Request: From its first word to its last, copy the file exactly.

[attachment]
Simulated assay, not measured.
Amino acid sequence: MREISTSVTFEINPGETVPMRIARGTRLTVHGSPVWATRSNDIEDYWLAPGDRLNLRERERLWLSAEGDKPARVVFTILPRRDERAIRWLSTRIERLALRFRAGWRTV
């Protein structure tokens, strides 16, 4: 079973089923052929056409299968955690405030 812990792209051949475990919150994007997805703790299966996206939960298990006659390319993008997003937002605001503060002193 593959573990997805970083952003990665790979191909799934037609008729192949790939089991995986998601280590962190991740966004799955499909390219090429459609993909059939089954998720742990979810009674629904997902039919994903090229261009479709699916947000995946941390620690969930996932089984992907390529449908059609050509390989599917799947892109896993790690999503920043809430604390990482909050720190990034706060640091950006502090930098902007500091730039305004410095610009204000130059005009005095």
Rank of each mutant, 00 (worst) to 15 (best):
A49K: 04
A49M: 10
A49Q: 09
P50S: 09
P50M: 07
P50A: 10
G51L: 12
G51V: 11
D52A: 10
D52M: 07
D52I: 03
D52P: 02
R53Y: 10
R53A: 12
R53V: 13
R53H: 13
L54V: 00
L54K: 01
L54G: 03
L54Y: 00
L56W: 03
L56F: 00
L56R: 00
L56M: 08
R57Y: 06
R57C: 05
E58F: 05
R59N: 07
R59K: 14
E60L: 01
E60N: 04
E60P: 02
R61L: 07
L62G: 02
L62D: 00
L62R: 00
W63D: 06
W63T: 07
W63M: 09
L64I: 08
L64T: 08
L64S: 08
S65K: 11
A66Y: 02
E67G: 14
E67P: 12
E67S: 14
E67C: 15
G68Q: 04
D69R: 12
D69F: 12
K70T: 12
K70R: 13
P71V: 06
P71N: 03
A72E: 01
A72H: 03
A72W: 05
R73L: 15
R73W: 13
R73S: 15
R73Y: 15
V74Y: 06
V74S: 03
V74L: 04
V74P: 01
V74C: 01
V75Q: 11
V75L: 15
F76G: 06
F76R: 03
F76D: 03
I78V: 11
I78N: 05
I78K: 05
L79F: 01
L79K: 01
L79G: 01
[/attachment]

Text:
Simulated assay, not measured.
Amino acid sequence: MREISTSVTFEINPGETVPMRIARGTRLTVHGSPVWATRSNDIEDYWLAPGDRLNLRERERLWLSAEGDKPARVVFTILPRRDERAIRWLSTRIERLALRFRAGWRTV
């Protein structure tokens, strides 16, 4: 079973089923052929056409299968955690405030 812990792209051949475990919150994007997805703790299966996206939960298990006659390319993008997003937002605001503060002193 593959573990997805970083952003990665790979191909799934037609008729192949790939089991995986998601280590962190991740966004799955499909390219090429459609993909059939089954998720742990979810009674629904997902039919994903090229261009479709699916947000995946941390620690969930996932089984992907390529449908059609050509390989599917799947892109896993790690999503920043809430604390990482909050720190990034706060640091950006502090930098902007500091730039305004410095610009204000130059005009005095």
Rank of each mutant, 00 (worst) to 15 (best):
A49K: 04
A49M: 10
A49Q: 09
P50S: 09
P50M: 07
P50A: 10
G51L: 12
G51V: 11
D52A: 10
D52M: 07
D52I: 03
D52P: 02
R53Y: 10
R53A: 12
R53V: 13
R53H: 13
L54V: 00
L54K: 01
L54G: 03
L54Y: 00
L56W: 03
L56F: 00
L56R: 00
L56M: 08
R57Y: 06
R57C: 05
E58F: 05
R59N: 07
R59K: 14
E60L: 01
E60N: 04
E60P: 02
R61L: 07
L62G: 02
L62D: 00
L62R: 00
W63D: 06
W63T: 07
W63M: 09
L64I: 08
L64T: 08
L64S: 08
S65K: 11
A66Y: 02
E67G: 14
E67P: 12
E67S: 14
E67C: 15
G68Q: 04
D69R: 12
D69F: 12
K70T: 12
K70R: 13
P71V: 06
P71N: 03
A72E: 01
A72H: 03
A72W: 05
R73L: 15
R73W: 13
R73S: 15
R73Y: 15
V74Y: 06
V74S: 03
V74L: 04
V74P: 01
V74C: 01
V75Q: 11
V75L: 15
F76G: 06
F76R: 03
F76D: 03
I78V: 11
I78N: 05
I78K: 05
L79F: 01
L79K: 01
L79G: 01